A demonstration application to develop an effective interaction with which to view, interact with and interrogate the model output from CARDAMOM, a data-driven Carbon cycle model. Developed by the University of Edinburgh on their EO Lab, supported by the UK Space Agency.



The Amazon rainforest is a critical component of the Earth system, playing a major role in both regional and global climate and biogeochemical cycles.  The forest footprint covers an estimated 5.3 million square kilometres of humid, lowland tropical forest, accounting for ~40% of global tropical forests by area.  Carbon storage in Amazonia’s forest biomass is estimated at ~100 billion tonnes, equivalent to around 10 years of global carbon dioxide emissions.

The region is presently under stress from the coupled impacts of climate change and deforestation.  Understanding the how these pressures will impact on the fate of the forest, and the carbon it sequesters, remains a challenge of paramount importance.

Modeling the Amazon C-cycle with CARDAMOM

Satellite observations of deforestation across the Amazon Rainforest have been undertaken for the past couple of decades.  The University of Edinburgh explore the impact of this deforestation on the Amazon C-cycle using a C-cycle model, CARDAMOM.  This model assimilates this satellite data, alongside other observations of climate and forest properties, and uses them to assess how the forest carbon stocks have changed through time.  You can explore the results of this analysis in this application.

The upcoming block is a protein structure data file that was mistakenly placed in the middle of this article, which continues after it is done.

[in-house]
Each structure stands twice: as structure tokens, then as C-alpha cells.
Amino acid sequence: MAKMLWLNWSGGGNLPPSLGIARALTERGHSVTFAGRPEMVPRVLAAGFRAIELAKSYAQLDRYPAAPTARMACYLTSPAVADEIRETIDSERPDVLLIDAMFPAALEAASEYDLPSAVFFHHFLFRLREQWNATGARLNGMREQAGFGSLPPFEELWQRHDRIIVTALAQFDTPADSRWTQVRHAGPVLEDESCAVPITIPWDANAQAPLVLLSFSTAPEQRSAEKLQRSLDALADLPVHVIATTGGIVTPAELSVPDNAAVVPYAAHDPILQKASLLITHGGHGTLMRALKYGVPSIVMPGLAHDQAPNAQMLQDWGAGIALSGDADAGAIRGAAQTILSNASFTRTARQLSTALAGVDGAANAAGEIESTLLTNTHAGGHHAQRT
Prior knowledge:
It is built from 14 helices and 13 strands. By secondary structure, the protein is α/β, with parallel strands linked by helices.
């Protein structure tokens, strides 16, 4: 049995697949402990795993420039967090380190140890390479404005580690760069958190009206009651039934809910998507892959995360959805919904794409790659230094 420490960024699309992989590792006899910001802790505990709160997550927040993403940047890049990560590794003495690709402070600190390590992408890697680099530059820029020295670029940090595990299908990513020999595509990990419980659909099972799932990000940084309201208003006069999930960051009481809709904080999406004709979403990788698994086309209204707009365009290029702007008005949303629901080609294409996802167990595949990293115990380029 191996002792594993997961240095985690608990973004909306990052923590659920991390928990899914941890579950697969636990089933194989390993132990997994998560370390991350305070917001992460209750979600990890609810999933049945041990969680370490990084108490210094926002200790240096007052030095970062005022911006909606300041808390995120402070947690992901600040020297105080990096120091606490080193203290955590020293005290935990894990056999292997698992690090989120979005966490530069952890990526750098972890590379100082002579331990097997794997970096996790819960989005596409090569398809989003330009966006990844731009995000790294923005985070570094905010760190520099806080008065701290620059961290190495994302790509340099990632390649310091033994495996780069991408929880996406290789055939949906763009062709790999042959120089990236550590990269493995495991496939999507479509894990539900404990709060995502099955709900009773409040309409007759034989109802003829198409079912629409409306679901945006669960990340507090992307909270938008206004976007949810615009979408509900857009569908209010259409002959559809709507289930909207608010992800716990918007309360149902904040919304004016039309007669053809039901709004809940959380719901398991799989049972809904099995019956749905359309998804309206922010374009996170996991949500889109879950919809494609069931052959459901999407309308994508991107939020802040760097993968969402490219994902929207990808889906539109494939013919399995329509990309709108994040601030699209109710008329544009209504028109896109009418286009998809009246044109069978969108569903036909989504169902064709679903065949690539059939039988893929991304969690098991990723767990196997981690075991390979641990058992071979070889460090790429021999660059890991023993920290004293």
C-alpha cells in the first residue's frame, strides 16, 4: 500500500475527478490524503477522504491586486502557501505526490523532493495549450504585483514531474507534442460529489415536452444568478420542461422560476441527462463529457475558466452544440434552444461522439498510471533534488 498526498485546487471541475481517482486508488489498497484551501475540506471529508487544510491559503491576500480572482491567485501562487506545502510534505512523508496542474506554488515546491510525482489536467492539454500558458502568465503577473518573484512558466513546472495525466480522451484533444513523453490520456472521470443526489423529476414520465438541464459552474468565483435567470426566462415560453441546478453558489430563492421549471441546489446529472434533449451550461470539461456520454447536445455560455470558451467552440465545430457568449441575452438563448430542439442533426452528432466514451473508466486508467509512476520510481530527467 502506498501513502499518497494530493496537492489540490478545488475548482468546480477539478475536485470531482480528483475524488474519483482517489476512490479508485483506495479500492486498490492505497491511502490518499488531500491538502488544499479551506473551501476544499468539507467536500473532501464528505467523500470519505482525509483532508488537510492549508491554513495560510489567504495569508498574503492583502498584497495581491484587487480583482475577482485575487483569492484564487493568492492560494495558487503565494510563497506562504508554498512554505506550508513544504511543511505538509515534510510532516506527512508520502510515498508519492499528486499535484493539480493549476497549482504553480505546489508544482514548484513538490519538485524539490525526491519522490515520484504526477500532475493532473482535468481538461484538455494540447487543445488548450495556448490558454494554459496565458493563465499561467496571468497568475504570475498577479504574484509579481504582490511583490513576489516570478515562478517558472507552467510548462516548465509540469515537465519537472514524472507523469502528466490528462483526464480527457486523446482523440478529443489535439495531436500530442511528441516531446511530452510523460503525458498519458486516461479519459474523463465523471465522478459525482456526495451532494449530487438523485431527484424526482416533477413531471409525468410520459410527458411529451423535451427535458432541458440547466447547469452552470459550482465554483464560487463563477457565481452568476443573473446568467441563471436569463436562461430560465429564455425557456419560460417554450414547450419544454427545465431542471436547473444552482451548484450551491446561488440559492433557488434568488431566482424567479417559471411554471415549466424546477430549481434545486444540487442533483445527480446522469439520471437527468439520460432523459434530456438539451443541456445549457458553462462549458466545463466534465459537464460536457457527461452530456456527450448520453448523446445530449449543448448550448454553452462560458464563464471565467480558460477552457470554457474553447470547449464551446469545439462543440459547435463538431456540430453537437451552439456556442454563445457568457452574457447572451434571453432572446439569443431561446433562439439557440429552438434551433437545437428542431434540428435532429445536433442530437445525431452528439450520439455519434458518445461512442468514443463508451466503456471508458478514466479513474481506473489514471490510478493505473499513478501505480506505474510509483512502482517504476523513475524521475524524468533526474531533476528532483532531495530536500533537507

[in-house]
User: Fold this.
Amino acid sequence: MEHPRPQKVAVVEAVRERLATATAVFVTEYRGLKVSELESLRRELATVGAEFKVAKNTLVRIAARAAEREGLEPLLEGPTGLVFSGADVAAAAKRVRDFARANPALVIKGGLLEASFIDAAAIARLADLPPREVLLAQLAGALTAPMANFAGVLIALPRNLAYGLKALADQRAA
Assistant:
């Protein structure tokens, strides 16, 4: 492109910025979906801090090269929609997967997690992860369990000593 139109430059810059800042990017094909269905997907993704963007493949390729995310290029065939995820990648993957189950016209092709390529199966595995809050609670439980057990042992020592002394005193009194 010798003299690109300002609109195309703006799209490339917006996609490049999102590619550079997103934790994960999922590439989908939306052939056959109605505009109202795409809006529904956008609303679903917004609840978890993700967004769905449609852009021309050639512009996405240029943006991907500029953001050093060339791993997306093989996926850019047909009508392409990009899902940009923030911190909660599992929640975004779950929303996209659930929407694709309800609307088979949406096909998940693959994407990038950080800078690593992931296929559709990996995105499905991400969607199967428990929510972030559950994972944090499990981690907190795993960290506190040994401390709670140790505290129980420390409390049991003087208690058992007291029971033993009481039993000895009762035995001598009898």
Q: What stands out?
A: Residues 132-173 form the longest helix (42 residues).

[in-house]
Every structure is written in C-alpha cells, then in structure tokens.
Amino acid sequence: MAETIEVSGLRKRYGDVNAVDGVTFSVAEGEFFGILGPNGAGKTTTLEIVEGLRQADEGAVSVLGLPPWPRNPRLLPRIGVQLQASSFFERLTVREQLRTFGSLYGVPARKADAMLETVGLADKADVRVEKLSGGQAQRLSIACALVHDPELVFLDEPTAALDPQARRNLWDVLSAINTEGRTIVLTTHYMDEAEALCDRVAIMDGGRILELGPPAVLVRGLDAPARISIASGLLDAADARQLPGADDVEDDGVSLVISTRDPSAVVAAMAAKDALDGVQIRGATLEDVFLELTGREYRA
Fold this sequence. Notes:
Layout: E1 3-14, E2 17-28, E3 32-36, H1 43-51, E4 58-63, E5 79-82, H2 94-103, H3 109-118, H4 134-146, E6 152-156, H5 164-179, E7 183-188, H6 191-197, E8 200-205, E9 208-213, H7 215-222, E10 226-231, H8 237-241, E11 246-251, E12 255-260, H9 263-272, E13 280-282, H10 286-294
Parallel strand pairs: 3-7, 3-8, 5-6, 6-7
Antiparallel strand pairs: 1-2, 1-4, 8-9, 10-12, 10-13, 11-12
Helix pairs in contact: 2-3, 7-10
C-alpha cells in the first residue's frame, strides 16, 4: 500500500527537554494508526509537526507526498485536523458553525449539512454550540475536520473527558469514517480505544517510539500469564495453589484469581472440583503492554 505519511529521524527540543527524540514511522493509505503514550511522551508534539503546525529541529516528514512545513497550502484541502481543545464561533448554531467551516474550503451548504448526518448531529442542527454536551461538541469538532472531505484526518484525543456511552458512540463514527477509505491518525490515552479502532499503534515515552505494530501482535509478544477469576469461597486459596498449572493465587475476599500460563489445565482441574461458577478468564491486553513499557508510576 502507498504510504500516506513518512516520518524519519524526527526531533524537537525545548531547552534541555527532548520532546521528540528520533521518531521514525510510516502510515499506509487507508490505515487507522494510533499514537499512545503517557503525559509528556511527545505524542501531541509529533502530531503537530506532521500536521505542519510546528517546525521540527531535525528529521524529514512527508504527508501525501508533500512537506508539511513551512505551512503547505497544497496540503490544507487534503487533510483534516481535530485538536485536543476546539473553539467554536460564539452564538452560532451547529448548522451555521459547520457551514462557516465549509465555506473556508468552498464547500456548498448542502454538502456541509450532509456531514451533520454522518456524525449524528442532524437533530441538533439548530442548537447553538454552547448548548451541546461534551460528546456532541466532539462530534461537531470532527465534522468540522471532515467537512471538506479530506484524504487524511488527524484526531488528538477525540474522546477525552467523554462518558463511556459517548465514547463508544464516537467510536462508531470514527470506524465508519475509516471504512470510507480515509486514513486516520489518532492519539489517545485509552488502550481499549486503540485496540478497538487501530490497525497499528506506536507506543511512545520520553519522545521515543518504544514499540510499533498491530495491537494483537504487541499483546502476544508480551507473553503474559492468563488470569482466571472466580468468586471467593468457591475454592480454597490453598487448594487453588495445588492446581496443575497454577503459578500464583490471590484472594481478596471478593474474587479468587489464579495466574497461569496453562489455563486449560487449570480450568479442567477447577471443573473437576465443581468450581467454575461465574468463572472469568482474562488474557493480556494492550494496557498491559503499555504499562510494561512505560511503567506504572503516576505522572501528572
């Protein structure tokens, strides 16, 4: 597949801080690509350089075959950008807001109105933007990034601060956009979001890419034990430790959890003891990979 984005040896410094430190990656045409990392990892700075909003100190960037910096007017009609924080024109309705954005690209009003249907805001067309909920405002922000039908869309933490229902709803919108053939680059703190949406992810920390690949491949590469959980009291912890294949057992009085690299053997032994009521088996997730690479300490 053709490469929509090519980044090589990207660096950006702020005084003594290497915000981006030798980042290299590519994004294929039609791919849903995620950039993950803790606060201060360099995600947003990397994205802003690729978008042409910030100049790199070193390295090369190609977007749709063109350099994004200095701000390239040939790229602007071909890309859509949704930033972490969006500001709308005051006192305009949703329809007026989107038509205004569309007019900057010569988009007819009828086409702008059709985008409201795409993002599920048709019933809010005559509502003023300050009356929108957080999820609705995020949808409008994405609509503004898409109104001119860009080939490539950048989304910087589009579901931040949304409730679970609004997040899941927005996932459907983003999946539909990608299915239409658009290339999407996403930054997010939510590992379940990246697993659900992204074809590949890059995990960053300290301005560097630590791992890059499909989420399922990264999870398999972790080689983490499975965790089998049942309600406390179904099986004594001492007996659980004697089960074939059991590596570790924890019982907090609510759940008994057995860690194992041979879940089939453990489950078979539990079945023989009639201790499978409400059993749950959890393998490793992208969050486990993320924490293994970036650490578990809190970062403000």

This application was produced with support from the UK Space Agency as part of a collaborative project with Ecometrica under the International Partnerships Space Programme (IPSP). The project aimed to advance the application of EO in forests in Mexico and Brazil.

The application is managed by the University of Edinburgh on the university’s EO Lab. The EO Lab is a geospatial content sharing platform which enables businesses, governments and research institutes to develop and manage their own spatial applications.

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